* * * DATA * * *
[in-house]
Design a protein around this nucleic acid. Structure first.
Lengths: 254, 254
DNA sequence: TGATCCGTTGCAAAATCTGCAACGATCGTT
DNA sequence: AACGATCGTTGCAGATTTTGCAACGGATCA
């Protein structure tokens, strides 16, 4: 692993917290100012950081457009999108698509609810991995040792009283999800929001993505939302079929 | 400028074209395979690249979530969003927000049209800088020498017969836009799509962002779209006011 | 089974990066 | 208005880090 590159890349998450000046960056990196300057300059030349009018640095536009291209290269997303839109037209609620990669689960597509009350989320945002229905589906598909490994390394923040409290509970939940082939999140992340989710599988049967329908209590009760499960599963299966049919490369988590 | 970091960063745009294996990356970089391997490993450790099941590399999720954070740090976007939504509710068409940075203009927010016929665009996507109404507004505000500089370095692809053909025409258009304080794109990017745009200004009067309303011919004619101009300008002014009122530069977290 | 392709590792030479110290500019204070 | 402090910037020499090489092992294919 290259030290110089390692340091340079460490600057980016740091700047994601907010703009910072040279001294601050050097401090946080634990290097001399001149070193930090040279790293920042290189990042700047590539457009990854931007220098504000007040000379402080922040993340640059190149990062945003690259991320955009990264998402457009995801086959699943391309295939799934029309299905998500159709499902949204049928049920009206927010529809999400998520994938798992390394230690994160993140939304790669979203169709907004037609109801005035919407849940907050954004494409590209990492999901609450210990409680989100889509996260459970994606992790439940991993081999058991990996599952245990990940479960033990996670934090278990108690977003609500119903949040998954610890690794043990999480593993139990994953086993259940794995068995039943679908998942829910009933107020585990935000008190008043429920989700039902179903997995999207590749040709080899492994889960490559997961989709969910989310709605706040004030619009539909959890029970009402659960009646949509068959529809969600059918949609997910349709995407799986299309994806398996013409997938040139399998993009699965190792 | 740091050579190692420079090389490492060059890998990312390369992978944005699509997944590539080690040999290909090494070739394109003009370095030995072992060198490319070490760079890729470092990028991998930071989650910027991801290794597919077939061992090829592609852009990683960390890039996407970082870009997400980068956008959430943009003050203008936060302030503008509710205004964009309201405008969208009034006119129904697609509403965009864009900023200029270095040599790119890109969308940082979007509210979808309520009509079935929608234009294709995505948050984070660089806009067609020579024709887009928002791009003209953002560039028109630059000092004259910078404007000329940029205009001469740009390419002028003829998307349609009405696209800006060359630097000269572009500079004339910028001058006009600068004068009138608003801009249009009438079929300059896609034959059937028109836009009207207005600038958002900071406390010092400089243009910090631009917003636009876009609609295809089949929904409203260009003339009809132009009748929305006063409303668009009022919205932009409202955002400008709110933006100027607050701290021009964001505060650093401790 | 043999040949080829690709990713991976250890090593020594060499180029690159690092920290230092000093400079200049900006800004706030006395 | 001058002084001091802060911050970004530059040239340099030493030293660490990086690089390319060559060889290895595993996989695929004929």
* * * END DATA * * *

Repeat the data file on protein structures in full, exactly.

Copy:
[in-house]
Design a protein around this nucleic acid. Structure first.
Lengths: 254, 254
DNA sequence: TGATCCGTTGCAAAATCTGCAACGATCGTT
DNA sequence: AACGATCGTTGCAGATTTTGCAACGGATCA
């Protein structure tokens, strides 16, 4: 692993917290100012950081457009999108698509609810991995040792009283999800929001993505939302079929 | 400028074209395979690249979530969003927000049209800088020498017969836009799509962002779209006011 | 089974990066 | 208005880090 590159890349998450000046960056990196300057300059030349009018640095536009291209290269997303839109037209609620990669689960597509009350989320945002229905589906598909490994390394923040409290509970939940082939999140992340989710599988049967329908209590009760499960599963299966049919490369988590 | 970091960063745009294996990356970089391997490993450790099941590399999720954070740090976007939504509710068409940075203009927010016929665009996507109404507004505000500089370095692809053909025409258009304080794109990017745009200004009067309303011919004619101009300008002014009122530069977290 | 392709590792030479110290500019204070 | 402090910037020499090489092992294919 290259030290110089390692340091340079460490600057980016740091700047994601907010703009910072040279001294601050050097401090946080634990290097001399001149070193930090040279790293920042290189990042700047590539457009990854931007220098504000007040000379402080922040993340640059190149990062945003690259991320955009990264998402457009995801086959699943391309295939799934029309299905998500159709499902949204049928049920009206927010529809999400998520994938798992390394230690994160993140939304790669979203169709907004037609109801005035919407849940907050954004494409590209990492999901609450210990409680989100889509996260459970994606992790439940991993081999058991990996599952245990990940479960033990996670934090278990108690977003609500119903949040998954610890690794043990999480593993139990994953086993259940794995068995039943679908998942829910009933107020585990935000008190008043429920989700039902179903997995999207590749040709080899492994889960490559997961989709969910989310709605706040004030619009539909959890029970009402659960009646949509068959529809969600059918949609997910349709995407799986299309994806398996013409997938040139399998993009699965190792 | 740091050579190692420079090389490492060059890998990312390369992978944005699509997944590539080690040999290909090494070739394109003009370095030995072992060198490319070490760079890729470092990028991998930071989650910027991801290794597919077939061992090829592609852009990683960390890039996407970082870009997400980068956008959430943009003050203008936060302030503008509710205004964009309201405008969208009034006119129904697609509403965009864009900023200029270095040599790119890109969308940082979007509210979808309520009509079935929608234009294709995505948050984070660089806009067609020579024709887009928002791009003209953002560039028109630059000092004259910078404007000329940029205009001469740009390419002028003829998307349609009405696209800006060359630097000269572009500079004339910028001058006009600068004068009138608003801009249009009438079929300059896609034959059937028109836009009207207005600038958002900071406390010092400089243009910090631009917003636009876009609609295809089949929904409203260009003339009809132009009748929305006063409303668009009022919205932009409202955002400008709110933006100027607050701290021009964001505060650093401790 | 043999040949080829690709990713991976250890090593020594060499180029690159690092920290230092000093400079200049900006800004706030006395 | 001058002084001091802060911050970004530059040239340099030493030293660490990086690089390319060559060889290895595993996989695929004929």